Zia Mian, a physicist and co-director of Princeton University’s Program on Science and Global Security (SGS), has been appointed to the U.N. Secretary-General’s Advisory Board on Disarmament Matters.
Established in 1978, the Board advises the U.N. Secretary-General, currently António Guterres, on matters concerning arms limitation and disarmament, including studies and research. Some of the topics discussed by the Board in recent years concern nuclear and conventional disarmament issues as well as emerging weapons technologies, armed unmanned aerial vehicles, and cyber warfare and security.
The U.N. Secretary-General chooses the 15 members of the Board from all regions of the world for their knowledge and experience in the field of disarmament and international security. Board members are appointed by the Secretary-General to serve on the Board in their personal capacity for their knowledge and expertise on disarmament issues. The U.N. Secretary-General reports annually to the U.N. General Assembly on the activities of the Advisory Board.
“The charter of the U.N. affirms its purpose is to save succeeding generations from the scourge of war, reaffirm faith in fundamental human rights, in the dignity and worth of the human person, in the equal rights of all people, and of all nations, to establish justice and respect for international law, to promote social progress and better standards of life in larger freedom,” said Mian. “At a time when humankind faces profound challenges from the threat of war, conflict, arm races, inequality and injustice, it is a great honor to be asked to be part of this cooperative effort to help humanity create a path to a safer, more peaceful world, with justice for all.”
Mian is a recipient of the Linus Pauling Legacy Award from the Oregon State University and the Leo Szilard award from the American Physical Society. He also was selected by the U.K. Campaign for Nuclear Disarmament as one of the “60 faces of CND” to mark its 60th anniversary. In 2021, he was elected a fellow of the American Physical Society for “promoting global nuclear risk reduction and disarmament through academic research, public speaking, technical and popular writing, and organizing efforts.
“It's hard to think of someone other than Zia who could bring more expertise and unique perspectives to the table on a broad range of disarmament matters. Zia won't hesitate to raise the realities the world is facing,” said Alexander Glaser, co-director of SGS, associate professor of mechanical and aerospace engineering and international affairs.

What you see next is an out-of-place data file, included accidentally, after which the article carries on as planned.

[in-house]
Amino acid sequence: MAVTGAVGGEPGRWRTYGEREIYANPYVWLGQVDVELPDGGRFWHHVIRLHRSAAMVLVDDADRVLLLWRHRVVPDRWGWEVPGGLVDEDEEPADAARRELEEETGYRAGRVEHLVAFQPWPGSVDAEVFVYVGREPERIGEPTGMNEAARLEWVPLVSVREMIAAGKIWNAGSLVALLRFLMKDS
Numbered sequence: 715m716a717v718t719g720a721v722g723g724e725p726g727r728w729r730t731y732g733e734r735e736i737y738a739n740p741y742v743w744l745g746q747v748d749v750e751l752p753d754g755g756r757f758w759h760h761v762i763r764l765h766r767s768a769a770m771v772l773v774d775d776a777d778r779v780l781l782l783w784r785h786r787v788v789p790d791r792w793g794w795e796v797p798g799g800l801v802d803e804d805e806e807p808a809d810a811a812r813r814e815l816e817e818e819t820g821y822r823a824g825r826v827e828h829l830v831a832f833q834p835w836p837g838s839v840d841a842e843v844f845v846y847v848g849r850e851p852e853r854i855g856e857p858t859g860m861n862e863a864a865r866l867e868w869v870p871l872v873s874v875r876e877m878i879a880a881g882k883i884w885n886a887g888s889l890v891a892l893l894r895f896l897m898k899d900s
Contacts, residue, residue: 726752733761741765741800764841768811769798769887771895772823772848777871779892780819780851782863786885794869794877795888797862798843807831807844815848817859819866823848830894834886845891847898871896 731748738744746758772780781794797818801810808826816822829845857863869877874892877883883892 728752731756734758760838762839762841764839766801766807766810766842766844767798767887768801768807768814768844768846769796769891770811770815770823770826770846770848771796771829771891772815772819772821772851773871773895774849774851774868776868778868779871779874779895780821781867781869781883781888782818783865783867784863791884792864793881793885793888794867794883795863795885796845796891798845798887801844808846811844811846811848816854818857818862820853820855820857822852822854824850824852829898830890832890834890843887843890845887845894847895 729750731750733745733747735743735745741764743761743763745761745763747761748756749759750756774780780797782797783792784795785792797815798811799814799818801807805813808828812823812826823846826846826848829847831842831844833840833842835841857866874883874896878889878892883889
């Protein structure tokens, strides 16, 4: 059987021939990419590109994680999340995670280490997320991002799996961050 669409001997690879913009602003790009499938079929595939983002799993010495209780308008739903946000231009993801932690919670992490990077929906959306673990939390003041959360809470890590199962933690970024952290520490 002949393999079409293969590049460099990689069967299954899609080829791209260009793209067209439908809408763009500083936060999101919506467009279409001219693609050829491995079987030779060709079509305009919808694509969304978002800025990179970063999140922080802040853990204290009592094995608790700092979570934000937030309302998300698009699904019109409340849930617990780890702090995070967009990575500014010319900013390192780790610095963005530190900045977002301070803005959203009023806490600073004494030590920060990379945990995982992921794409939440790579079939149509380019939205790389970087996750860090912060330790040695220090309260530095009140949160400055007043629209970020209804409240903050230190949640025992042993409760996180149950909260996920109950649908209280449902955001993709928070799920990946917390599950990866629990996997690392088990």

Mian has presented many times to the U.N. General Assembly First Committee. Also known as the Disarmament and International Security Committee, it deals with disarmament, global challenges, and threats to peace that affect the international community and seeks out solutions to the challenges in the international security regime. As one of the six main committees of the General Assembly, all U.N. member states participate in it.
“This is a critical time for the future of the international security system and for nuclear arms control. Zia Mian understands the issues and the players, has remarkable strategic judgement, and is an effective communicator. I am therefore very pleased that U.N. Secretary General Guterres is strengthening his Advisory Board on Disarmament Matters by adding Mian,” said SGS founder Frank N. von Hippel, senior research physicist and professor of public and international affairs, emeritus.
The Advisory Board also serves as the Board of Trustees of the U.N. Institute for Disarmament Research (UNIDIR). Based in Geneva, UNIDIR conducts independent research on disarmament and related problems, particularly, international security issues.
Mian was a nonresident fellow of UNIDIR for 2017 to 2018 to assist on matters related to a treaty banning the production of fissile materials for nuclear weapons or other nuclear explosive devices and to support the Secretary-General’s Group of Governmental Experts on this issue. Mian is co-chair of the International Panel on Fissile Materials, an independent group of arms control and nonproliferation experts from 16 countries, based at SGS.